A village in Germany populated by only 150 residents has completely gone off the grid by using 100 per cent local, renewable energy.
In fact, most of the energy they produce is sold to the national grid because they are only able to use a small portion of the energy they produce.
The tiny village of Feldheim is a fitting representation of Germany renewable energy initiatives that made the country the leader in green energy technology. Unlike many countries where the governments and commercial entities are negotiating for renewable energy systems, in Germany, most of the renewables are owned by private individuals.
Research show rural Germany to be the main users of renewable energy
In fact, most of the renewable energy supplies in Germany come from the rural areas, not in big cities. The figures gathered from 2013 reveal that around 74% of Germany renewable energy productions came from the country side.
The achievements of this solar and wind farms are still piling up. In the first half of 2014, the power supply of the entire country was generated by the renewables. And the amazing thing is that 90 per cent of the total renewable energy production came from German households, with their rooftop solar installations.
This fact is not really shocking if we consider that Germany has installed more per-capita solar panels than any other country in the planet.
At Feldheim, about 99 per cent of the energy generated by their wind farms is sold to the national grid. Their electricity requirement is complemented by a solar park constructed on a former Soviet military base.
During winter, the villagers get heat from a biogas plant, which is powered by fermenting animal manure and shredded corn from a local pig and cattle farm. On the coldest days, additional heat is supplied by a woodchip plant that burns forestry waste.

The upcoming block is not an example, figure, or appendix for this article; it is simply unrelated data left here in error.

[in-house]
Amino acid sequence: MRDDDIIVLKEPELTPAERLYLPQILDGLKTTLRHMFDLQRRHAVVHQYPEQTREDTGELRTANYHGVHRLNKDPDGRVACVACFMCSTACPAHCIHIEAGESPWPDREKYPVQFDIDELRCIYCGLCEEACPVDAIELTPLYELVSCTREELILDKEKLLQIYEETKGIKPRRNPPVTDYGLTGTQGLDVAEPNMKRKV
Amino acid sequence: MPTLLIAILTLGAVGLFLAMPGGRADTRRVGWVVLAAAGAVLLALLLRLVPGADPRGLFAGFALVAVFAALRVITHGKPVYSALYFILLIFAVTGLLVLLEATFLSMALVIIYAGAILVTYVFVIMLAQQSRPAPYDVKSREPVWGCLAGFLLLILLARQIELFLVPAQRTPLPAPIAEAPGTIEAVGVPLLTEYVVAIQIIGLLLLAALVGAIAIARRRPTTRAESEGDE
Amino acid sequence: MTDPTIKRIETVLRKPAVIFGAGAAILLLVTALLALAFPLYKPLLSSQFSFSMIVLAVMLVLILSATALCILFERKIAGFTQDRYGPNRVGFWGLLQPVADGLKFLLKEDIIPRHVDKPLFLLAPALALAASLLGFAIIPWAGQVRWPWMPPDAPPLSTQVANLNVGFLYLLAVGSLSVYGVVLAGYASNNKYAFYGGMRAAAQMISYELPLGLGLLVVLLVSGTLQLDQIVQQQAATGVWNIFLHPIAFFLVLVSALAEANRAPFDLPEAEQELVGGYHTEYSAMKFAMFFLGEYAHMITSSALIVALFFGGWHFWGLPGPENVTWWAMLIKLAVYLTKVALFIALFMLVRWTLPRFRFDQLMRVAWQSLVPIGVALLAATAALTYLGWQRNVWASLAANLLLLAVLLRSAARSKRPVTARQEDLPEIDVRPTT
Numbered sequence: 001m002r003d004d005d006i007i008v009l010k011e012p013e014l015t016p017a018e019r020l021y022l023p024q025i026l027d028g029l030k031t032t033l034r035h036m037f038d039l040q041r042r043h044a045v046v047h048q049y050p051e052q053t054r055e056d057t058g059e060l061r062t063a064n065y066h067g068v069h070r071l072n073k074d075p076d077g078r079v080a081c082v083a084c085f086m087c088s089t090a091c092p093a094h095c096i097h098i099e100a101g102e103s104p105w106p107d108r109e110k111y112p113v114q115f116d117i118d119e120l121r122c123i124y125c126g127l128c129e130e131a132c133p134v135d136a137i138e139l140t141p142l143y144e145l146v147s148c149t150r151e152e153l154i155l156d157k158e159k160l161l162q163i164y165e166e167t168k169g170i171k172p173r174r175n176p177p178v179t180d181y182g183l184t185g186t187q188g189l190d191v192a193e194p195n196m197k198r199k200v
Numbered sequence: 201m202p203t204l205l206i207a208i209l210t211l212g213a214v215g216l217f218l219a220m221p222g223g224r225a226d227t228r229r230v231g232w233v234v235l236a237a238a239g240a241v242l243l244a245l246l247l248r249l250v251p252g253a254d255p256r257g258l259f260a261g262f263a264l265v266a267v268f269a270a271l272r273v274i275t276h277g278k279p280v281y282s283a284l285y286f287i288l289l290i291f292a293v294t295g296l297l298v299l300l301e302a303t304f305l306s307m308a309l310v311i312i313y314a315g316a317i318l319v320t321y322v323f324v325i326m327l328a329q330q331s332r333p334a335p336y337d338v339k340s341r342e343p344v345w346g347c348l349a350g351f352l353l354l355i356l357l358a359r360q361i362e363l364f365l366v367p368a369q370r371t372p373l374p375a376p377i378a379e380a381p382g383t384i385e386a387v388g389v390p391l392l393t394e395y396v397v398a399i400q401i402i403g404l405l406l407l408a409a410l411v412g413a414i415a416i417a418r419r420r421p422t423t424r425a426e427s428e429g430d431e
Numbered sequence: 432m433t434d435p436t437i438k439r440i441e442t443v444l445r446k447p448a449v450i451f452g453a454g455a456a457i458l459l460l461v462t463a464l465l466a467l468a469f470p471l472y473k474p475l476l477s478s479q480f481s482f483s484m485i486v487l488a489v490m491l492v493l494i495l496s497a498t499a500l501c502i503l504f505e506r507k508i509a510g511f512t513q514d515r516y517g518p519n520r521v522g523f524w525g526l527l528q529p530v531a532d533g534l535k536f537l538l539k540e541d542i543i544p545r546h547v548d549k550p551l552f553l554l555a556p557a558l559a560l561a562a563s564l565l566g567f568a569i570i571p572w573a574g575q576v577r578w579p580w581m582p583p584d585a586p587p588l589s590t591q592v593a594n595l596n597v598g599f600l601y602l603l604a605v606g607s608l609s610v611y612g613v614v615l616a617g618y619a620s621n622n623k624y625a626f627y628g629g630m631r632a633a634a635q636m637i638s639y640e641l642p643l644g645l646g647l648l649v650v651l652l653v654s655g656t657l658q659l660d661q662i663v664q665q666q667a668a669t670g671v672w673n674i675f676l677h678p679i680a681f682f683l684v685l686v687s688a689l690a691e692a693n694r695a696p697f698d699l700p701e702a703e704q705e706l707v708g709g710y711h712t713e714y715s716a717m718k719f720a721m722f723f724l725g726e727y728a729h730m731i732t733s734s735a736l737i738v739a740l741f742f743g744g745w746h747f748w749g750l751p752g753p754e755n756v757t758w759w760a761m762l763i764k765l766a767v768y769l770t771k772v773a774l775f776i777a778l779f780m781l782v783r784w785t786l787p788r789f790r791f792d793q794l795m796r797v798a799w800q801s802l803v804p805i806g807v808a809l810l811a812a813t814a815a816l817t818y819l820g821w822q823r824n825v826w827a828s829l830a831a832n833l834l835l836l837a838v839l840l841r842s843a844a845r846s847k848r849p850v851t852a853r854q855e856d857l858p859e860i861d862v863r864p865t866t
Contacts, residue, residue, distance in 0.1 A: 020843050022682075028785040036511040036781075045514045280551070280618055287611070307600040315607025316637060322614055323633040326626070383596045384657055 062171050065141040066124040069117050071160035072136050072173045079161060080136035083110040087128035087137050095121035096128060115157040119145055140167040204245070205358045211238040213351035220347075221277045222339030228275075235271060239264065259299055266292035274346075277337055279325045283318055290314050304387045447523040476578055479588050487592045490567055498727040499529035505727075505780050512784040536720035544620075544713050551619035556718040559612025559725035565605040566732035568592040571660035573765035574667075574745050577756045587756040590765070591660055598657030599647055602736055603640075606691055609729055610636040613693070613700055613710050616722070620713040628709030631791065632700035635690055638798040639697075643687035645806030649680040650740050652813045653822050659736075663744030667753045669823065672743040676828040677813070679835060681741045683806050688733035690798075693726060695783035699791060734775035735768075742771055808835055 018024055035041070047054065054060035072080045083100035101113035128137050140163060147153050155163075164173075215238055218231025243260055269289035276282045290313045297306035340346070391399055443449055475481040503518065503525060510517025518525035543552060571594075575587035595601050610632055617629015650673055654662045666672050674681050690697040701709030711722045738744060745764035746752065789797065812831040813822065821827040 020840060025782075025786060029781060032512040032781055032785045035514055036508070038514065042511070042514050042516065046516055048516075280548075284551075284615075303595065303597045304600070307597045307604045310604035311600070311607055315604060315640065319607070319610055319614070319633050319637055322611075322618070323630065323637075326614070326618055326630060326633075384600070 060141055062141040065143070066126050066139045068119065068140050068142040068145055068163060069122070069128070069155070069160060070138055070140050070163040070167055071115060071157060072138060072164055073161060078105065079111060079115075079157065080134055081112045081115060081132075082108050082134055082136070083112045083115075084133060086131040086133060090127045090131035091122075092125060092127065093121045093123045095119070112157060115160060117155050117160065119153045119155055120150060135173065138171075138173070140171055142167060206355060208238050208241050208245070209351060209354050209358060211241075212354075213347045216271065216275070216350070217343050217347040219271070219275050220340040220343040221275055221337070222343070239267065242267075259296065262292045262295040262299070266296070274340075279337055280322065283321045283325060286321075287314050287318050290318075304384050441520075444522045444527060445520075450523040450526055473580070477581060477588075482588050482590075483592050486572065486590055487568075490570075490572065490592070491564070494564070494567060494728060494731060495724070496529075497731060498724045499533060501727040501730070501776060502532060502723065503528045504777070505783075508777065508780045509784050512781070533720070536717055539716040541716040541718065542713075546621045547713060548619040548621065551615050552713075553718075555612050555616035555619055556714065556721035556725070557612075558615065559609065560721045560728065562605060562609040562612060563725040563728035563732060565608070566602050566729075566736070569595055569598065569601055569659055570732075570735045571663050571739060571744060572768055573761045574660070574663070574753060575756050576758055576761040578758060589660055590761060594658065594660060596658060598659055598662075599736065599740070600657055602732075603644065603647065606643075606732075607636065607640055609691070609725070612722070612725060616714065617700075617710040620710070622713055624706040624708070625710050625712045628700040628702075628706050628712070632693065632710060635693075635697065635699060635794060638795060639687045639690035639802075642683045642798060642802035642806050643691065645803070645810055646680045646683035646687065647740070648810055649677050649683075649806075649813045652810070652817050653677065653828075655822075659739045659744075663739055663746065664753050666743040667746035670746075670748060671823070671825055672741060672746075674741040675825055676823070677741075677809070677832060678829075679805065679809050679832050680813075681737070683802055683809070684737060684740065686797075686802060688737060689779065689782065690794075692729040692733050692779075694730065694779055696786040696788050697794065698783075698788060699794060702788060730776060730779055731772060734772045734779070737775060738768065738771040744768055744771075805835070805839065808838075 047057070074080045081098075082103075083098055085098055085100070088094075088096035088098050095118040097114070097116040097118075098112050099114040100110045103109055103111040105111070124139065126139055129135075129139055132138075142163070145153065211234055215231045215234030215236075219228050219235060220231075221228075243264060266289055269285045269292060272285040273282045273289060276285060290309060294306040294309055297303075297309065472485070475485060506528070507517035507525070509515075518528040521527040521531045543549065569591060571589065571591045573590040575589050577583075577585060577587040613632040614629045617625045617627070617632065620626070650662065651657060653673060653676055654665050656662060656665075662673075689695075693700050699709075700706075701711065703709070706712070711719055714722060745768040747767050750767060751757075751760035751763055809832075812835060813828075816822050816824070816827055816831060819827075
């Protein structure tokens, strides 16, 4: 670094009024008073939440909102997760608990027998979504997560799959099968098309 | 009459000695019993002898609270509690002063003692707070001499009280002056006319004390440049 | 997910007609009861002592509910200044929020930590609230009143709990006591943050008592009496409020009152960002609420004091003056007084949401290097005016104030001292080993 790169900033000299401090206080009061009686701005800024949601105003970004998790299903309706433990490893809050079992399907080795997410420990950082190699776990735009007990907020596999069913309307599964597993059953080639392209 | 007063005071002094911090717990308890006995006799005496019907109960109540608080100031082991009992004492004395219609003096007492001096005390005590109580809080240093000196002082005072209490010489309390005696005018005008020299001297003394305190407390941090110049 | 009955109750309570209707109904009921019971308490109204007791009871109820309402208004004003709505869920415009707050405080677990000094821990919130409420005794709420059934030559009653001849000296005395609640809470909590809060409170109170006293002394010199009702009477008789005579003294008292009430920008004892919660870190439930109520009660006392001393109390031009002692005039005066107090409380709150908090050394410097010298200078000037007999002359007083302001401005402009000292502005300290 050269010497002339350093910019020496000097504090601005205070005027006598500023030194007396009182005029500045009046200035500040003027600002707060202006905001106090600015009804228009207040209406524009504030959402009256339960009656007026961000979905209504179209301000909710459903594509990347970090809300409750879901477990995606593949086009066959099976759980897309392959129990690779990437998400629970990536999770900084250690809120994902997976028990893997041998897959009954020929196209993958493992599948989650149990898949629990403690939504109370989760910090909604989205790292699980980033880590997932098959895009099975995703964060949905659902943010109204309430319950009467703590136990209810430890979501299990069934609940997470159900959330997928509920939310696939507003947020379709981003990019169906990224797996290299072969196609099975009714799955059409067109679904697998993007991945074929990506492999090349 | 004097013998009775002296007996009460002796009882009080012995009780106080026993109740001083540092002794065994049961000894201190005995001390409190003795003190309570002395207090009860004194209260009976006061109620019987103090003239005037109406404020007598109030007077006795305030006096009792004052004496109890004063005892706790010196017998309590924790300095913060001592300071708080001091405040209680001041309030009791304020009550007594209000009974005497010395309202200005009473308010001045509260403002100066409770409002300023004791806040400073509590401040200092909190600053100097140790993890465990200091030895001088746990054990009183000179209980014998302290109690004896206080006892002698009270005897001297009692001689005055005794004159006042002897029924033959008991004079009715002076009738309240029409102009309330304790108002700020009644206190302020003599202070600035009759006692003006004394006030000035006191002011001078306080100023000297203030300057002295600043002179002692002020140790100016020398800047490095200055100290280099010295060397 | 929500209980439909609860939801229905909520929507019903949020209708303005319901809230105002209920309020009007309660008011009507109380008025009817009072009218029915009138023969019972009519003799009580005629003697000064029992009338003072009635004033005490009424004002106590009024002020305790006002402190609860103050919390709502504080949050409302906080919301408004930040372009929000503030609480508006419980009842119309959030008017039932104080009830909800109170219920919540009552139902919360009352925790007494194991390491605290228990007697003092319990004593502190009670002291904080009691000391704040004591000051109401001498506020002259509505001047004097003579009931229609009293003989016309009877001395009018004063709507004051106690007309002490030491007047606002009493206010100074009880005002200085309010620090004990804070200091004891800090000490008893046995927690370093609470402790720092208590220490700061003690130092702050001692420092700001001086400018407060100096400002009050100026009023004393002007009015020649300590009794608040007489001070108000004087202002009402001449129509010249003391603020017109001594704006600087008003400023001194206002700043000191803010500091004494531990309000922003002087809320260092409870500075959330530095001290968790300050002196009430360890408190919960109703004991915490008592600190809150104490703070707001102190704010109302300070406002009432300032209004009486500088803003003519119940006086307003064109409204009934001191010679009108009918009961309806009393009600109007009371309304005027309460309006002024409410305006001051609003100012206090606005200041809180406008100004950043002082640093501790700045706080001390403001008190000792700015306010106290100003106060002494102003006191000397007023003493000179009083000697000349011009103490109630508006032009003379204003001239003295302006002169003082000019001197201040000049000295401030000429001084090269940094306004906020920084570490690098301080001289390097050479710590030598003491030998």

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Rural Germany and solar company work together to finance operations
The villagers financed their renewable energy system by taking out bank loans and applying for state subsidies. They did this with the help of Energiequelle, a green power company. The project has paid off since their electricity and heating bills have significantly gone down.
Werner Frohwitter, a representative of the local energy cooperative said that the village no longer pays for 160,000 litres of oil for heating purposes every year. “This money is no longer going to Arab sheiks or (Russian President) Vladimir Putin,” said Werner. “This money is now staying right here,” he added.
Germany’s ‘Energiewende’ project will take considerable resources to materialize because of the sheer magnitude of its scope. It certainly is a bright green vision for a zero carbon future. But because of the huge investment required, it might be a gamble that may drive the country against the wall.
Plans to end nuclear by 2022
Germany plans to switch off its last nuclear plant by 2022. By the middle of the century, it hopes to meet 80 per cent of the country’s electricity requirements using renewable sources of energy.
If more villages in the rural areas follow the example set by Feldheim, Germany will certainly reach its renewable goals according to schedule.